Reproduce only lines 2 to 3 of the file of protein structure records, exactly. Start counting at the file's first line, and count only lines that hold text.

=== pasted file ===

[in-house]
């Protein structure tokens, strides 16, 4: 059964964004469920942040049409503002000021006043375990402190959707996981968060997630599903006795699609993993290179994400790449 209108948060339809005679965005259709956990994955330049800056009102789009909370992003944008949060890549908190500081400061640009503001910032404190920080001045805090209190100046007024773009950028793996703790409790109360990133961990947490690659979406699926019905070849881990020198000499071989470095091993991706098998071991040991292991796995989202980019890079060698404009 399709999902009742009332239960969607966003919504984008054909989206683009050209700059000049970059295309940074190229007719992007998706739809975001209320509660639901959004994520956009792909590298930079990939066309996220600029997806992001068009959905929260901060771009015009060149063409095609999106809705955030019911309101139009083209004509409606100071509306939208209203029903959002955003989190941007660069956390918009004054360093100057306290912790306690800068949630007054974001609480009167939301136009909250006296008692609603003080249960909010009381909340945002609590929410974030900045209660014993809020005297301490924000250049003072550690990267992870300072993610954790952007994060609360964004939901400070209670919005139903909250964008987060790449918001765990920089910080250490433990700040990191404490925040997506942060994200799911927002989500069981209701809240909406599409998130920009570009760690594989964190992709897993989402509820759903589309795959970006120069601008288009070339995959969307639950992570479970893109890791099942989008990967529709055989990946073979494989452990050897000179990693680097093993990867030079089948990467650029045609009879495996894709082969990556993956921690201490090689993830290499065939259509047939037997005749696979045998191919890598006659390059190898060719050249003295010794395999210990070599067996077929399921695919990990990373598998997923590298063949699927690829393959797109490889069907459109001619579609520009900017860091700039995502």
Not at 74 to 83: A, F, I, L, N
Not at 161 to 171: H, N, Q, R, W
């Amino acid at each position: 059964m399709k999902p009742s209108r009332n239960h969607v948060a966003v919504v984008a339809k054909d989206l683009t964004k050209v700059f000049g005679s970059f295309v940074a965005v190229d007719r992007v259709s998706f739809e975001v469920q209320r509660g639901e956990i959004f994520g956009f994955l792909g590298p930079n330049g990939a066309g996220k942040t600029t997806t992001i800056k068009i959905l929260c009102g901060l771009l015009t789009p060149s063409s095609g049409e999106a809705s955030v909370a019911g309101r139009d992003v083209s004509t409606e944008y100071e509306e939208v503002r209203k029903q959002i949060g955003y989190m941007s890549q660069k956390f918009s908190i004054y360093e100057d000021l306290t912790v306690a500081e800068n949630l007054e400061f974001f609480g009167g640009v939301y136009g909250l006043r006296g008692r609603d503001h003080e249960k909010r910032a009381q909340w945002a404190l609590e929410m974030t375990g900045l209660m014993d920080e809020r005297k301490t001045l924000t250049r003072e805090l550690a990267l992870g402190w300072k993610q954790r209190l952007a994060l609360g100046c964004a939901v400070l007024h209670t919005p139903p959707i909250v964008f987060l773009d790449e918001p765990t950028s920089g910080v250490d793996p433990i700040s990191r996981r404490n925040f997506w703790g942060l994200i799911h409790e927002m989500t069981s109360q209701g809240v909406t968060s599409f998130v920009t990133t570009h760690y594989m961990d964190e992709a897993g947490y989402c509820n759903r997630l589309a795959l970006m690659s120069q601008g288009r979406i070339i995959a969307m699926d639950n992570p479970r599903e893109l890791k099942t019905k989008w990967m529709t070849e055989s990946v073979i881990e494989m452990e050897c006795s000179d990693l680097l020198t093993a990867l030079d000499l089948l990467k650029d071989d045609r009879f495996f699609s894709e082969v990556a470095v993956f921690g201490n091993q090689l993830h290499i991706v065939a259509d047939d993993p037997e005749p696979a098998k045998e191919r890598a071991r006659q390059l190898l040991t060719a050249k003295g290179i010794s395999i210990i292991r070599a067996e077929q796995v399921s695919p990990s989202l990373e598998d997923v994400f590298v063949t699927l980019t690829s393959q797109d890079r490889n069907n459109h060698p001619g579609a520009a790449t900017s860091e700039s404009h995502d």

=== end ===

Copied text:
């Protein structure tokens, strides 16, 4: 059964964004469920942040049409503002000021006043375990402190959707996981968060997630599903006795699609993993290179994400790449 209108948060339809005679965005259709956990994955330049800056009102789009909370992003944008949060890549908190500081400061640009503001910032404190920080001045805090209190100046007024773009950028793996703790409790109360990133961990947490690659979406699926019905070849881990020198000499071989470095091993991706098998071991040991292991796995989202980019890079060698404009 399709999902009742009332239960969607966003919504984008054909989206683009050209700059000049970059295309940074190229007719992007998706739809975001209320509660639901959004994520956009792909590298930079990939066309996220600029997806992001068009959905929260901060771009015009060149063409095609999106809705955030019911309101139009083209004509409606100071509306939208209203029903959002955003989190941007660069956390918009004054360093100057306290912790306690800068949630007054974001609480009167939301136009909250006296008692609603003080249960909010009381909340945002609590929410974030900045209660014993809020005297301490924000250049003072550690990267992870300072993610954790952007994060609360964004939901400070209670919005139903909250964008987060790449918001765990920089910080250490433990700040990191404490925040997506942060994200799911927002989500069981209701809240909406599409998130920009570009760690594989964190992709897993989402509820759903589309795959970006120069601008288009070339995959969307639950992570479970893109890791099942989008990967529709055989990946073979494989452990050897000179990693680097093993990867030079089948990467650029045609009879495996894709082969990556993956921690201490090689993830290499065939259509047939037997005749696979045998191919890598006659390059190898060719050249003295010794395999210990070599067996077929399921695919990990990373598998997923590298063949699927690829393959797109490889069907459109001619579609520009900017860091700039995502």
Not at 74 to 83: A, F, I, L, N